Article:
John Kruntorad

John Kruntorad

The guest commentary by Charlotte Coyle in the May 12 edition of The Paris News included a list of issues which elicited her sadness and anger: immigration, alleged manipulation of free thinkers by “power brokers and king makers,” underpaid workers, inadequate health care, etc. All of Ms. Coyle’s concerns are worthy of open minded discussions and debates, but many of those complaints have no connection to the current Reopen America movement.

The title of her commentary, “What (or who) is behind the Reopen America protests?” subtly implies that the movement may be of sinister origins. Indeed, stating that the free thinking grassroots protesters who wish to Reopen America are pawns being sacrificed for the power and influence of the well-funded special interest groups makes a good red meat invective, but it is insulting to the millions of blue blooded, hard working Americans who simply are protesting for their right to return to work. They are not anarchists who thrill at the thought of an ever-expanding pandemic. These patriotic Americans apparently do not think that they are being “exploited by corporate conglomerates.” There are thousands of small business owners who have been unceremoniously locked out of their own buildings by government(s) who, while initially invoking the concern for the good and wellbeing of the country, are reluctant to relinquish their powerful grip on America’s economic engine. The initial prudent approach to the virus was allowed to quickly degrade into a boot-on-the-neck policy of controlling American businesses. Now patriotic American workers are responding with a chip-on-the-shoulder attitude of “Who are you to refuse me my right to work?”

A measured pandemic containment strategy should include fairhanded standards and equitable application of those standards for all businesses or organizations. Can anyone justify the nearly unfettered operation of Walmart while forbidding the gathering of the faithful into their houses of worship? Can one condone on-going sales at Sam’s Club and Costco while forcing the local barber to lock his doors? While individuals and businesses should implement judicious and prudent measures to aid in the lessening of the spread of the virus the burden of proof is on the government to show that there is no other way to prevent the greater catastrophe than to suspend the right to work. The fact that Walmart remained open for the past weeks is proof that closings and long-term lockdowns are not necessary.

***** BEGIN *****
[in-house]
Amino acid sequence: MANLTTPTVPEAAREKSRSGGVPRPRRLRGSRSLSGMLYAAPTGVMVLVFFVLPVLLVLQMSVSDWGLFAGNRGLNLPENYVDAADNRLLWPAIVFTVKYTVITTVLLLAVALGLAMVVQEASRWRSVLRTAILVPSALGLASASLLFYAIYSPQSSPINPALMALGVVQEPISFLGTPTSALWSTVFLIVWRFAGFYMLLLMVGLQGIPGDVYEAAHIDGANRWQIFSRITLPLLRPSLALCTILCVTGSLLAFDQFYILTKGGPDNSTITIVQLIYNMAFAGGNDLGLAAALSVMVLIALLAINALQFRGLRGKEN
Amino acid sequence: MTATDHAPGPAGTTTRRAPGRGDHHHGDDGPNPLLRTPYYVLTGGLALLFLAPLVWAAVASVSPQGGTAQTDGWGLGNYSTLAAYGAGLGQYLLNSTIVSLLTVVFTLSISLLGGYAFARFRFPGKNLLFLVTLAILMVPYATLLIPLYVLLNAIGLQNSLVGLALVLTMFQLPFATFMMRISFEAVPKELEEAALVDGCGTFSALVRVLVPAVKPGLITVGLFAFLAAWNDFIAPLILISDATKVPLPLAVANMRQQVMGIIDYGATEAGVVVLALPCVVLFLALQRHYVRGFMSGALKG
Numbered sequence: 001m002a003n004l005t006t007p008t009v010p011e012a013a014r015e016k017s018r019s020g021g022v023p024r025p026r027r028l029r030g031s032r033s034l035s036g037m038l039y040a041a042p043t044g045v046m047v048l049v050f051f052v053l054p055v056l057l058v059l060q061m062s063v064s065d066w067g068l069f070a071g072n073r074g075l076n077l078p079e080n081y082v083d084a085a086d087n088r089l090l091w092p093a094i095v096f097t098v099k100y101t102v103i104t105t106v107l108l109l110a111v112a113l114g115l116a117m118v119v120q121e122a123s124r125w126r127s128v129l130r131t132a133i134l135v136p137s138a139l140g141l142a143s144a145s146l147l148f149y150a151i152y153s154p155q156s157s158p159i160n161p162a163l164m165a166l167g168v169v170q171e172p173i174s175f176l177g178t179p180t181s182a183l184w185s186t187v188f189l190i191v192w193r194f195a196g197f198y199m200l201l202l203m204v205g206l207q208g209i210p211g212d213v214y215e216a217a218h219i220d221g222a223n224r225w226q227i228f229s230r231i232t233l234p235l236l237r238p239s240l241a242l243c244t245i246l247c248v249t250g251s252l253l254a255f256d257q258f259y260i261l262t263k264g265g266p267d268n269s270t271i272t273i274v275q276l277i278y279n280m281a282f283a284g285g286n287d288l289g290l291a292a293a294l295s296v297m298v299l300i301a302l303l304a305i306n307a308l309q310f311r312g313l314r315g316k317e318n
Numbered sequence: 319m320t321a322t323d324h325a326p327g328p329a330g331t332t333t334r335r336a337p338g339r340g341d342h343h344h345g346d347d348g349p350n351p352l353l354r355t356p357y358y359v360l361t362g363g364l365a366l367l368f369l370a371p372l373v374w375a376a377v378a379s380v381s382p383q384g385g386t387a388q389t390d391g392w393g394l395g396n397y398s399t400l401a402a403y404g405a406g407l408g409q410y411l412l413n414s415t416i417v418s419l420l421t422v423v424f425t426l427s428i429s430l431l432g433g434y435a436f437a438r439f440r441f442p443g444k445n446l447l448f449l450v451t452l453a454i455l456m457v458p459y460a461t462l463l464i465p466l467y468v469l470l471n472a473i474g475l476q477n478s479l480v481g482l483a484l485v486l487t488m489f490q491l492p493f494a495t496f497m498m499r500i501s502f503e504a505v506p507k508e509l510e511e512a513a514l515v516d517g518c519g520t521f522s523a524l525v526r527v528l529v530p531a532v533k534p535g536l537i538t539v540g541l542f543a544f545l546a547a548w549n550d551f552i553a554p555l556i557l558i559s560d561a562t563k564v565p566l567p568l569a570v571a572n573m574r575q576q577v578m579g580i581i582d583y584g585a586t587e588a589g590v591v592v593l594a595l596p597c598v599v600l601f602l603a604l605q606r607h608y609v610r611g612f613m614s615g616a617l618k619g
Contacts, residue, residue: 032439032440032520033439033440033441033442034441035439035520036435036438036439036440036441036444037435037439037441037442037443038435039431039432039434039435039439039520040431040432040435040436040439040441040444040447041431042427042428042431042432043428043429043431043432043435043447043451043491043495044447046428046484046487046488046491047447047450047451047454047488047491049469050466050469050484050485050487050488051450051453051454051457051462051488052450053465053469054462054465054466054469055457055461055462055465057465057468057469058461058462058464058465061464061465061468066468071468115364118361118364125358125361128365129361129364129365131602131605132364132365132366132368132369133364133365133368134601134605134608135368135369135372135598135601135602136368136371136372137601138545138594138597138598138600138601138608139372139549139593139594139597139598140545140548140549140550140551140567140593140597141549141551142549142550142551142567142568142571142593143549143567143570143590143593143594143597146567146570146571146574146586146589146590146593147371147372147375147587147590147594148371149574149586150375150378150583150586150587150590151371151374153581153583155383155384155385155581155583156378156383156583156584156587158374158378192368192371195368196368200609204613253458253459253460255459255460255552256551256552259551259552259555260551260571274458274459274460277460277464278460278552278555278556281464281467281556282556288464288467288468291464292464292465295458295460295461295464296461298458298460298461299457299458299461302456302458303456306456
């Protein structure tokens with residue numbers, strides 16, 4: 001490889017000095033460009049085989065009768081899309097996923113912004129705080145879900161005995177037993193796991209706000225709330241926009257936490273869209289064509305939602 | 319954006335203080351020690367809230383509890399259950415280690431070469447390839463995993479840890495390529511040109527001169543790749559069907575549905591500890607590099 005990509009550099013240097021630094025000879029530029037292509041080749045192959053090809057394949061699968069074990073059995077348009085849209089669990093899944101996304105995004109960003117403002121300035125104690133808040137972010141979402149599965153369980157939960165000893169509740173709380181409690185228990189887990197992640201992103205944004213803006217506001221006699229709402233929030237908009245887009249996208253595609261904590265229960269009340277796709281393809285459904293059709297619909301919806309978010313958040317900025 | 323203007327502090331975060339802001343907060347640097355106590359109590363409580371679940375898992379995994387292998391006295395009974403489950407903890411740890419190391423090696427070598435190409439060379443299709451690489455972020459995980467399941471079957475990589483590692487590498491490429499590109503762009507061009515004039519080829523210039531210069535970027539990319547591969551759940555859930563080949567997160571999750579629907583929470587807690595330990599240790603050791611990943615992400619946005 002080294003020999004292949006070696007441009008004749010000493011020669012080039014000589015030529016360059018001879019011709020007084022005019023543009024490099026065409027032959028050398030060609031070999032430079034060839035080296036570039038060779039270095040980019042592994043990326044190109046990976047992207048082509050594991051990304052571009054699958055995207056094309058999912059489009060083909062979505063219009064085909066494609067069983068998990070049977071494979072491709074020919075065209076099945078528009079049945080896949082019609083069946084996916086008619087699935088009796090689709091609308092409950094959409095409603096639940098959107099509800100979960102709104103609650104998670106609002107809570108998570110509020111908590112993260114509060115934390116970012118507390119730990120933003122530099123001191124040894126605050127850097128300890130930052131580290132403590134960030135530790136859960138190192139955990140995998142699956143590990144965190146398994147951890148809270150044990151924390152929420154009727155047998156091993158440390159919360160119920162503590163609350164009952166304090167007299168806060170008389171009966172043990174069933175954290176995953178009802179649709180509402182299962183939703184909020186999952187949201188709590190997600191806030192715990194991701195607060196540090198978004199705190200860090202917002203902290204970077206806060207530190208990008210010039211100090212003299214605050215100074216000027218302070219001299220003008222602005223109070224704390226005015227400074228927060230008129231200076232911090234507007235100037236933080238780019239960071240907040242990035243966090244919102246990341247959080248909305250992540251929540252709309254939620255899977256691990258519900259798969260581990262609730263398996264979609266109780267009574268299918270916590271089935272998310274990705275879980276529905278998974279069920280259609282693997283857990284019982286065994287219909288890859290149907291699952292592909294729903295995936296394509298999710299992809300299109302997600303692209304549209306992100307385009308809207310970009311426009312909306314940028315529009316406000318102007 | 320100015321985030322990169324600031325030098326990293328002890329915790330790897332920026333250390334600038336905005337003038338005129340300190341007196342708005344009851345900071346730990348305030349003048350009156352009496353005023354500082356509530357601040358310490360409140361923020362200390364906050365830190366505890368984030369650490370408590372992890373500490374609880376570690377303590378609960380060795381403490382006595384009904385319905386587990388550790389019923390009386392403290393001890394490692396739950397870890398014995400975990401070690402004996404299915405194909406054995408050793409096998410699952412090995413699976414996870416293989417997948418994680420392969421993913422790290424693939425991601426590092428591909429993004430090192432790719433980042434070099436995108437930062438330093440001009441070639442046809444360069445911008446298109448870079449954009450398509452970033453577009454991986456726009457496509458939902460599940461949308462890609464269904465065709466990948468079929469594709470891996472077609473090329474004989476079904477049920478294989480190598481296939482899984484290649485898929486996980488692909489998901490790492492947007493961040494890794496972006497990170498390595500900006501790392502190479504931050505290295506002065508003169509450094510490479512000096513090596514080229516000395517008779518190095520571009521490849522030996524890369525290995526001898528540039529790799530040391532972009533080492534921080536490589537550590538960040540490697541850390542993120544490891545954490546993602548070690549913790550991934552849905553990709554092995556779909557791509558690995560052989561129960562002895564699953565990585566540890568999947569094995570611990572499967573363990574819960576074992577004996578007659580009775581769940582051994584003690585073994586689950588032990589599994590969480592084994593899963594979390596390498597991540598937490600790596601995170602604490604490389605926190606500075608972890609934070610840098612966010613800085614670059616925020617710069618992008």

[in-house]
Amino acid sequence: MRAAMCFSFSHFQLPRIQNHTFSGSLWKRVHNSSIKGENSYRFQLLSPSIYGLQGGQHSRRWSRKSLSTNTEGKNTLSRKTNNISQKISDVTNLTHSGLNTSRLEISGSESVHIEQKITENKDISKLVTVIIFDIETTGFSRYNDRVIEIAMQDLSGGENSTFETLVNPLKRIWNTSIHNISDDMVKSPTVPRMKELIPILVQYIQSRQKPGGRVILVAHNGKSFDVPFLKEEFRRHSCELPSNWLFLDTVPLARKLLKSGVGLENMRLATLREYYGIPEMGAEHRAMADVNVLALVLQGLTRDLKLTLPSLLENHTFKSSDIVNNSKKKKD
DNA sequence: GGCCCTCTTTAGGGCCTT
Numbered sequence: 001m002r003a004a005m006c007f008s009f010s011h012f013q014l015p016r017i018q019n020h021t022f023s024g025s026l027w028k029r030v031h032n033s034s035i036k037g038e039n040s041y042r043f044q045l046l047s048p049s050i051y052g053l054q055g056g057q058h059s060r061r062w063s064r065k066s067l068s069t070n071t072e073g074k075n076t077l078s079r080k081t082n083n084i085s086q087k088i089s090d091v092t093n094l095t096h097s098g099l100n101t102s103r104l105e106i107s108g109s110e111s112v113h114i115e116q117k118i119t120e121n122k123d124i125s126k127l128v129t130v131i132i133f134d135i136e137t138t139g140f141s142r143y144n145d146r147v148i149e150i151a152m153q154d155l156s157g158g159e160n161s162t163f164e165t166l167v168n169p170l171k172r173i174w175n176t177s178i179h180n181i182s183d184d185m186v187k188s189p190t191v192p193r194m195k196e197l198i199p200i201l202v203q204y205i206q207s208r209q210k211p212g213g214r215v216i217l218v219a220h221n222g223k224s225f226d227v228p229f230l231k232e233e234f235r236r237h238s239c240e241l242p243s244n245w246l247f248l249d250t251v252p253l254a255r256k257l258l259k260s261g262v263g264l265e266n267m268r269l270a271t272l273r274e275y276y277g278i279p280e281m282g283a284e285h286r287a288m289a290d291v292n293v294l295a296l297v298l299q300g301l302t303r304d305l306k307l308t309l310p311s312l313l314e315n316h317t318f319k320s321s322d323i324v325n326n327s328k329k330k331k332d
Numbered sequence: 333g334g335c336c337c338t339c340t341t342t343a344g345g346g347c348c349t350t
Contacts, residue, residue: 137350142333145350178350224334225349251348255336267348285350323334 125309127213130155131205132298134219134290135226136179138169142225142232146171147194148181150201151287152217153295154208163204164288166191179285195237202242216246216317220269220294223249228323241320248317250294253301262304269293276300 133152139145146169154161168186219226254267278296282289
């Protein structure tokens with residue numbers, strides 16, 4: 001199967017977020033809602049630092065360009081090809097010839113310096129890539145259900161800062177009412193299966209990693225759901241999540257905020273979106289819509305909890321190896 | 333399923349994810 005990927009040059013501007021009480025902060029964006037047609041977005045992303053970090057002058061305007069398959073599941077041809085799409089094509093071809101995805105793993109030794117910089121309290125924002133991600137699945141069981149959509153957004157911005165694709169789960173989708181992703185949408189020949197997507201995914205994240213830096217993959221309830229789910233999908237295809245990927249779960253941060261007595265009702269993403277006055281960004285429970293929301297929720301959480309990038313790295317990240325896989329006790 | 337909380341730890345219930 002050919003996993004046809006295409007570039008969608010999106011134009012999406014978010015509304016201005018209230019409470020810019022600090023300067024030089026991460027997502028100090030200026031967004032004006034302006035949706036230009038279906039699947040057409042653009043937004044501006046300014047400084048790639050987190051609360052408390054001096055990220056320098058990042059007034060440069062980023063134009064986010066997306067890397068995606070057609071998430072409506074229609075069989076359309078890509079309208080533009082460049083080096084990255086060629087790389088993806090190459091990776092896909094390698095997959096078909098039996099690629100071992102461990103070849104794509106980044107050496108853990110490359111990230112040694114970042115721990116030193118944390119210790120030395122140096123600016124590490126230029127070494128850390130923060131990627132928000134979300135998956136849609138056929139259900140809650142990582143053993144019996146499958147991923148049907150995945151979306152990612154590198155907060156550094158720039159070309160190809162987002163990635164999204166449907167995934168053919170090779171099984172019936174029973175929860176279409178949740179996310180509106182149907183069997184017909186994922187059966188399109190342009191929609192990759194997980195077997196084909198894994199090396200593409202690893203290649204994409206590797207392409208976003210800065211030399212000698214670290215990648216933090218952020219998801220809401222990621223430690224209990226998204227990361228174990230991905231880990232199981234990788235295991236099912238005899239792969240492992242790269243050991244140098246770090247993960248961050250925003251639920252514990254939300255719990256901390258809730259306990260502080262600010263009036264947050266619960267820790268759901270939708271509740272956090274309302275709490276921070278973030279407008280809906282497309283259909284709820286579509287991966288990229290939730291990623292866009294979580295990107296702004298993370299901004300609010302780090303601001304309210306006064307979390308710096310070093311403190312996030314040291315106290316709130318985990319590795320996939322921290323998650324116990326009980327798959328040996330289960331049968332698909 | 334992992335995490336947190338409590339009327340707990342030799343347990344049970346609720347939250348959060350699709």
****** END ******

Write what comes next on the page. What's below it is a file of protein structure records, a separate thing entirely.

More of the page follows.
The government has no right to promote doomsday scenarios to justify the infringement on the right to put in an honest day’s work; it must provide clear evidence that this is the only way to avoid a grave social or economic evil. And while the government has the responsibility to care for those who, through no fault of their own, have fallen on desperate times, it cannot force people to become dependent on it without good reason. By limiting work, the government has surreptitiously forced many to become overly reliant on federal or state aid. The government(s) must prove that suspending the right to work is the only way to combat the harm associated with the pandemic. Resolutions, mandates, and laws which close businesses and replace the private enterprise system with government cash payment programs are a serious infringement on the rights of hard working, patriotic, taxpaying Americans.

The Reopen America Movement is growing as American workers become weary of being denied their right to work. The labor force, both blue collar and white collar, are standing to protest overreaching governmental control of their lives. With a loud voice they are saying “Let’s get back to normal!” and they are worried about the precedent being set by egregious governmental power grabs. And most certainly they do not wish for an Orwellian “New Normal.”

John Kruntorad is a past Lamar County Republican Party chairman.

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